> 	_:d ex:e _:f .
> What is the CBD of _:a in this graph?

Being a pragmatist (for which I recieve the occasional slap), I would
say we are responding with a CBD of what we *do* know about _:a, and
thusly return only the first arc. If we later learn that _:a and _:d
are the same arc, and the client queris again, they get more arcs, but
nothing contradictory.

> Problem 6:  This definition does not satisfy the initial description of a
> CBD.  Consider, for example, the RDF graph:
> 	ex:a ex:b ex:c .
> 	ex:r rdf:type rdf:Statement .
> 	ex:r rdf:subject ex:a .
> 	ex:r rdf:predicate ex:b .
> 	ex:r rdf:object ex:c .
> the CBD of ex:a in this graph is the graph itself, but it includes explicit
> information about ex:r, a potentially different resource.

I haven't really explored CBDs of reifications. Patrick, do you have
any fun use cases for this? Regardless, Peter, do you have any
suggested words for Patrick to include the reification arcs in the
initial description?

> Problem 7:  This definition does not provide enough information to
> distinguish the node from other distinguishable nodes in the graph.
> Consider, for example, the RDF graph: 
> 	ex:r rdf:type owl:InverseFunctionalProperty .
> 	_:a ex:r _:b .
> 	_:b ex:r _:a .
> 	_:a ex:s "NODE A" .
> 	_:b ex:s "NODE B" .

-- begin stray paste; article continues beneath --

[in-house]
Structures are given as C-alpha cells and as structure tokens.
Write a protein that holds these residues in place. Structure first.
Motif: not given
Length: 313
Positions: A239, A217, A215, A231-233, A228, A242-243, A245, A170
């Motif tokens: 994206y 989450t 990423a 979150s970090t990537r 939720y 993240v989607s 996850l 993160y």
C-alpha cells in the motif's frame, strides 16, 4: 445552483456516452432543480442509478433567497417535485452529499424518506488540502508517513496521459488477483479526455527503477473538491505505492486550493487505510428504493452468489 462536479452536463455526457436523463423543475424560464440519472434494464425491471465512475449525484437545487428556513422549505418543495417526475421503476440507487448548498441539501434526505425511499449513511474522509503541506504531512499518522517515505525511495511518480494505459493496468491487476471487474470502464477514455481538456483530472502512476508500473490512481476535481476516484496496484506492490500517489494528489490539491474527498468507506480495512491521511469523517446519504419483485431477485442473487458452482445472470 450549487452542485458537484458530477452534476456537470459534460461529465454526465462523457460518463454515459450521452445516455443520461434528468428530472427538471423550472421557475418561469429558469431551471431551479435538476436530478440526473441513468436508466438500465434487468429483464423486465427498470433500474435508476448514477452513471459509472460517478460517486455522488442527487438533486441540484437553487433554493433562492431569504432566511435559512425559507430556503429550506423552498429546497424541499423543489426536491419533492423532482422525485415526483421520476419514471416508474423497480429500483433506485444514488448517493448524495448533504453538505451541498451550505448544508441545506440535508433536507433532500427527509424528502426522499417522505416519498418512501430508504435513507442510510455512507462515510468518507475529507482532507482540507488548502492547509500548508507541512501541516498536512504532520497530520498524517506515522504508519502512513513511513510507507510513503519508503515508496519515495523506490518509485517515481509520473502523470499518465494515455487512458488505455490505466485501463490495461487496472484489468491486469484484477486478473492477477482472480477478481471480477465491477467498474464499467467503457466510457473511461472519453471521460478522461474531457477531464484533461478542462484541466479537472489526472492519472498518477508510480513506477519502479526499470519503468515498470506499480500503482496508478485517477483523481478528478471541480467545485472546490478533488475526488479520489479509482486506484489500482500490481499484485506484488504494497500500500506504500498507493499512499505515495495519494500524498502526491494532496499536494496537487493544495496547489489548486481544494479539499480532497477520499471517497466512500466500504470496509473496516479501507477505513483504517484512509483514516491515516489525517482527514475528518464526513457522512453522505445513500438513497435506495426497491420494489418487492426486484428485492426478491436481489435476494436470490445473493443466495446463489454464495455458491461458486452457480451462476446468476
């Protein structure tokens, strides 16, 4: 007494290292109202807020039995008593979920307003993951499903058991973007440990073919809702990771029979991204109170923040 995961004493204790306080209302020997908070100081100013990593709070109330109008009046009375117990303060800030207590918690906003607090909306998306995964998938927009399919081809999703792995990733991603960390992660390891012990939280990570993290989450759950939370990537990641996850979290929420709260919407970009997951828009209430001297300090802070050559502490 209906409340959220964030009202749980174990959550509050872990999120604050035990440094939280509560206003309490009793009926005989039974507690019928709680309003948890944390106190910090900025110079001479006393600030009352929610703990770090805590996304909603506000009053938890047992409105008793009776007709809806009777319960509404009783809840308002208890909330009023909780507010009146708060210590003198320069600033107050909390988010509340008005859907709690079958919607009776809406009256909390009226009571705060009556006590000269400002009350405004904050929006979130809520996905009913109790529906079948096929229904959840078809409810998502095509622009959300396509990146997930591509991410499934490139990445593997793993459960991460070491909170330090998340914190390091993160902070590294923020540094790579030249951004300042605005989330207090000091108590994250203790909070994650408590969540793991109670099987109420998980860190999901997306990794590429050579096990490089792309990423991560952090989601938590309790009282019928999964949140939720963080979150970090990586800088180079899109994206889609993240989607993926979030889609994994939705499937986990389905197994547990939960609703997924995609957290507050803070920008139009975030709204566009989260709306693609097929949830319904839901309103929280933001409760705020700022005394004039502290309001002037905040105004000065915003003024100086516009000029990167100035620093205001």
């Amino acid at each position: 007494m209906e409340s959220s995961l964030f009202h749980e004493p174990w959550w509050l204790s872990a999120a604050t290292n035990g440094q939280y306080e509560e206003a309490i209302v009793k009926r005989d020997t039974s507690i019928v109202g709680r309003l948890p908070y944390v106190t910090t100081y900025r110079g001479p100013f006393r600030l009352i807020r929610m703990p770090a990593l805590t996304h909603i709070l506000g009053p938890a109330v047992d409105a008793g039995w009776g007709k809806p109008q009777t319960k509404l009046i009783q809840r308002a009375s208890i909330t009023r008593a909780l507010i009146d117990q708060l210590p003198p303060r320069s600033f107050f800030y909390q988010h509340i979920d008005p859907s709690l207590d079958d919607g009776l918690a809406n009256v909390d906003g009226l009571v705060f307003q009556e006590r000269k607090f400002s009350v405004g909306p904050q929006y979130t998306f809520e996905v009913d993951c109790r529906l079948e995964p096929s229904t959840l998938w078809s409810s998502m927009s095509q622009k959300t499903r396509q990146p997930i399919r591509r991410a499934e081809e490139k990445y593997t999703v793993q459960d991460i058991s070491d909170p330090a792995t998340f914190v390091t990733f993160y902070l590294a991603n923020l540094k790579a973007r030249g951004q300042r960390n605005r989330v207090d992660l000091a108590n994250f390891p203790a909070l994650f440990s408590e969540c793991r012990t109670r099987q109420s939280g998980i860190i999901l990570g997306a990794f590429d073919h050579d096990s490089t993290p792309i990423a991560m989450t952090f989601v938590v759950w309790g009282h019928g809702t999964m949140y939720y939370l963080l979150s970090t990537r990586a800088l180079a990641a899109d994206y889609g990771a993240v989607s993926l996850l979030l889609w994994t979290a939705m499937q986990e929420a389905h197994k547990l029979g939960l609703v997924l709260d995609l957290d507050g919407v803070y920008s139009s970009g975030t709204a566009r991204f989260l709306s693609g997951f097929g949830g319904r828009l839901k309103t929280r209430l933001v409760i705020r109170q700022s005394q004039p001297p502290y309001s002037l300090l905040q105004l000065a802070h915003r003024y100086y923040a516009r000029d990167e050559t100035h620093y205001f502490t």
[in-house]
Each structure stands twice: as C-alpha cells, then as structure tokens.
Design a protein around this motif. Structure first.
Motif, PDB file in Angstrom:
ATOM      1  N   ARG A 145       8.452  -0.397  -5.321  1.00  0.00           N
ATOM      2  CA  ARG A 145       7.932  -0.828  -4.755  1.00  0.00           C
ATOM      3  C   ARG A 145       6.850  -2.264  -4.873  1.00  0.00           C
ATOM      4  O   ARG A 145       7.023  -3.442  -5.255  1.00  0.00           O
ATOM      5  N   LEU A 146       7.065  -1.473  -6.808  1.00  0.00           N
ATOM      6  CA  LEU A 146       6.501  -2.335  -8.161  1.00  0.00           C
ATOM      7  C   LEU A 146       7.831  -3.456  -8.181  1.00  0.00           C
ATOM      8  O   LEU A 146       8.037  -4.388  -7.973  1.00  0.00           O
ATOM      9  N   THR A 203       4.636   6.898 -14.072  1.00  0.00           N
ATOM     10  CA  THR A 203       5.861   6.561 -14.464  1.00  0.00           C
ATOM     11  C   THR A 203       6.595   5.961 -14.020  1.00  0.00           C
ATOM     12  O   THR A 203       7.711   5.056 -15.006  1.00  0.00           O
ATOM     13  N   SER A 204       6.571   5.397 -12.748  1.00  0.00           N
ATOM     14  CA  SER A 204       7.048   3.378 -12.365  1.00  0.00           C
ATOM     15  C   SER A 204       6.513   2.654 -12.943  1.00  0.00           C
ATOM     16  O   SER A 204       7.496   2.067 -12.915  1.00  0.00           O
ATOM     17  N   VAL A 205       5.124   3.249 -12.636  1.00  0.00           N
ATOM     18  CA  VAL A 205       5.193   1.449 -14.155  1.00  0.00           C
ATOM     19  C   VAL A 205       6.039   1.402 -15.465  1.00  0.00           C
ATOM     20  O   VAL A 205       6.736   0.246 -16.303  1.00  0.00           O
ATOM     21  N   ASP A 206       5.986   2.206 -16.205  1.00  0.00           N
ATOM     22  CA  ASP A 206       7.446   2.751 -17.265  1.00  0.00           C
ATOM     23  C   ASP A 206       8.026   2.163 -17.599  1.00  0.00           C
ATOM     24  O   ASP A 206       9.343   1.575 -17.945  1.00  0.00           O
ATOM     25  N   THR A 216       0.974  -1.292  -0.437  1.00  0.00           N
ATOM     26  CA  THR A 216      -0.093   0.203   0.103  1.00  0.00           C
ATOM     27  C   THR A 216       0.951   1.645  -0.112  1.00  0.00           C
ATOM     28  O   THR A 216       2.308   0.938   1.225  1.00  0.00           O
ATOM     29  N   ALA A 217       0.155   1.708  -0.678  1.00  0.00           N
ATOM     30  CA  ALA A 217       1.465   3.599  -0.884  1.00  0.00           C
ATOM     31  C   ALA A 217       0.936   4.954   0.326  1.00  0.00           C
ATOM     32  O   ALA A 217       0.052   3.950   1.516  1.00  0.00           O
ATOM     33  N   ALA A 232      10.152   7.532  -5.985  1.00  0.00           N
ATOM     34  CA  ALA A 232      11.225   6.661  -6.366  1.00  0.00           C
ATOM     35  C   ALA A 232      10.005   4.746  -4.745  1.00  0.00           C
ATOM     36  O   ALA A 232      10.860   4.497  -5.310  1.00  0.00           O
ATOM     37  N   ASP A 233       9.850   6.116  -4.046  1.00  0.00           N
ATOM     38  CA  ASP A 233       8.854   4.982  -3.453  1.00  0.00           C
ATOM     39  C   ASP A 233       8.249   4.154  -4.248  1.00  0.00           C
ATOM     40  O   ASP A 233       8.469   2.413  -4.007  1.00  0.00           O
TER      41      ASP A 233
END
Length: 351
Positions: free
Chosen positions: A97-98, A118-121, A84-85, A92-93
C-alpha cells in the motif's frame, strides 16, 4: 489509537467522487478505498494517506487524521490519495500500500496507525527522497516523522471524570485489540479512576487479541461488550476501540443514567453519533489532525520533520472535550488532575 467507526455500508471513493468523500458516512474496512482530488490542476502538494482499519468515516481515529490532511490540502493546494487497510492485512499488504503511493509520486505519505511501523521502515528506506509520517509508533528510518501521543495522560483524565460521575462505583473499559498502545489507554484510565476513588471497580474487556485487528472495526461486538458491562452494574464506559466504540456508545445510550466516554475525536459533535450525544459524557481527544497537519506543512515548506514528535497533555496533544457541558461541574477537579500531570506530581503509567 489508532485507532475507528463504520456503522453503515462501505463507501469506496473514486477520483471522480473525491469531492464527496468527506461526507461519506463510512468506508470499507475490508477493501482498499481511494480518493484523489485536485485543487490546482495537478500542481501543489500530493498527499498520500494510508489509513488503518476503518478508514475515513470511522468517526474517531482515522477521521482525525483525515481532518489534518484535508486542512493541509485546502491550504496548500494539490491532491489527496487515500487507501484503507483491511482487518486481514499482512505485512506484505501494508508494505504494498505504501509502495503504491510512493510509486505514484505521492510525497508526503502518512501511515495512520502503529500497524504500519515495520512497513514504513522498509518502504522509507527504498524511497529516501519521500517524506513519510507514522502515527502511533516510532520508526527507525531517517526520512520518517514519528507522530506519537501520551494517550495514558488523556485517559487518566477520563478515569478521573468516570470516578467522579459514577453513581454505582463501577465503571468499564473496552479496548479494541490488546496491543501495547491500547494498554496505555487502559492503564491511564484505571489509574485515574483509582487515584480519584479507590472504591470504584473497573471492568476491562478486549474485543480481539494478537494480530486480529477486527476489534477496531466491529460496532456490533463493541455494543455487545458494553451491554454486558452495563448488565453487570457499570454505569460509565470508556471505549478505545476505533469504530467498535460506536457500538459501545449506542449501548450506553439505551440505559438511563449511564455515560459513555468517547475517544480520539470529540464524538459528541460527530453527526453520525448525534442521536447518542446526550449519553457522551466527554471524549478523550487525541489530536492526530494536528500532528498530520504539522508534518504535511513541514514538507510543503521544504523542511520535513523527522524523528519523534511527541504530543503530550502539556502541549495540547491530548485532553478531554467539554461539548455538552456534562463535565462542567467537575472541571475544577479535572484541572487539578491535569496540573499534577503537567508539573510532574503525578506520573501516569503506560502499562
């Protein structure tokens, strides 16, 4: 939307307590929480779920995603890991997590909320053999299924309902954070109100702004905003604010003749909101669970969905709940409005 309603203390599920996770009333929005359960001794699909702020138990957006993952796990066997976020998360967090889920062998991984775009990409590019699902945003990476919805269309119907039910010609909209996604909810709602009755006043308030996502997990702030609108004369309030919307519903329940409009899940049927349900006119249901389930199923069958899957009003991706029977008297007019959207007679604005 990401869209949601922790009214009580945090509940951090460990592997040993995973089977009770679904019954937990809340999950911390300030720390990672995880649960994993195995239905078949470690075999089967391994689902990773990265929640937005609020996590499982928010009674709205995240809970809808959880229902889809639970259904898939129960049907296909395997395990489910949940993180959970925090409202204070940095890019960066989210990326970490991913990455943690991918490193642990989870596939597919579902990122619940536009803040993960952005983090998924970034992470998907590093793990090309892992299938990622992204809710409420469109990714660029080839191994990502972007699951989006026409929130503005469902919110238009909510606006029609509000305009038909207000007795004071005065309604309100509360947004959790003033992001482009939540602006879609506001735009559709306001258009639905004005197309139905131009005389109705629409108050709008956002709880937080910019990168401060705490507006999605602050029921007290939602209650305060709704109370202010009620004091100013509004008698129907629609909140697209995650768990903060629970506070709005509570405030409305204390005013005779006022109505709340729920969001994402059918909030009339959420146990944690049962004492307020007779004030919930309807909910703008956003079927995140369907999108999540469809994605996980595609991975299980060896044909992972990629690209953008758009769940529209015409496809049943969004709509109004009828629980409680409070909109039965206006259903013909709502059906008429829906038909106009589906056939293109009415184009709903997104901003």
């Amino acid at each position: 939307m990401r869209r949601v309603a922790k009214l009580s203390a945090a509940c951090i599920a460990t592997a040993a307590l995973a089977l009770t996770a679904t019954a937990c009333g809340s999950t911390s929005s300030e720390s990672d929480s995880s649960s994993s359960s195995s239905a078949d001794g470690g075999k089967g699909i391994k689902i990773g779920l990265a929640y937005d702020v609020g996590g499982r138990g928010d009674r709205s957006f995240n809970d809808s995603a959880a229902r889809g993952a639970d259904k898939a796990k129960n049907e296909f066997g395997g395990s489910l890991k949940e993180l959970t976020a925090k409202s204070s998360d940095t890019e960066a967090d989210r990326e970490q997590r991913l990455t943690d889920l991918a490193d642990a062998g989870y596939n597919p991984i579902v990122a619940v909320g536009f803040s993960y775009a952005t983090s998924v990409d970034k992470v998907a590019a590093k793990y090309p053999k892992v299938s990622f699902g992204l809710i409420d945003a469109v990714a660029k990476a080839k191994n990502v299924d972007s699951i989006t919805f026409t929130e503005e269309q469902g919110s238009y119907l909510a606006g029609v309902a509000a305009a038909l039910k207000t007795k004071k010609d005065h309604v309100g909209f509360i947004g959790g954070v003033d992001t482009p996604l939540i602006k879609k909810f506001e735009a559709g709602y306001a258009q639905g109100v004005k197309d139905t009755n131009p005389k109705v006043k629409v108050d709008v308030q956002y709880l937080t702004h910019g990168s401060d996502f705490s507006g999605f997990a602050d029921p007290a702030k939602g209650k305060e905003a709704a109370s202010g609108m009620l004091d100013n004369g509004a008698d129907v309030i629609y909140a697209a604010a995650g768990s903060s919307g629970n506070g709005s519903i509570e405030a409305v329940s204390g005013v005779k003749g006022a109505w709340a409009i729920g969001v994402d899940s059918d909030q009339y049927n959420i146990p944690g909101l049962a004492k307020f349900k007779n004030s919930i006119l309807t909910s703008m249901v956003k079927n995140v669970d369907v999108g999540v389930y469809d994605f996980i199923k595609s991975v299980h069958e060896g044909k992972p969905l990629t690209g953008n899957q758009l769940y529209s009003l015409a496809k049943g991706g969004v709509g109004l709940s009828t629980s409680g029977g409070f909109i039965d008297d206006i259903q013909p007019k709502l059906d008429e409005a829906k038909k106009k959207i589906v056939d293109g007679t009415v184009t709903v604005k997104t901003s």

> Then the CBD of _:a in this graph is
> 	_:x1 ex:r _:x2 .
> 	_:x2 ex:r _:x1 .
> which is the same as the CBD of _:b in this graph but _:a and _:b are
> distinguishable in the graph and thus should have different CBDs.

Yeah, but nothing else sovles that either. They're ambiguous to the
server and they're ambiguous to the client. The only additional info
that the server has is that there exists in the domain of discourse
another bNode. I don't think it's worth telling the client about it.

> (Definition: Two blank nodes, n1 and n2, are indistinguishable in a graph G
> if G with n1 mapped to n2 and n2 mapped to n1 is graph-equal to G (i.e.,
> thes sets of triples are exactly the same).  Any node is indistinguishable
> from itself.  Two literal nodes are indistinguishable if they mean the same
> literal value.  All other pairs of nodes are distinguishable.)

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Received on Friday, 1 October 2004 02:17:32 UTC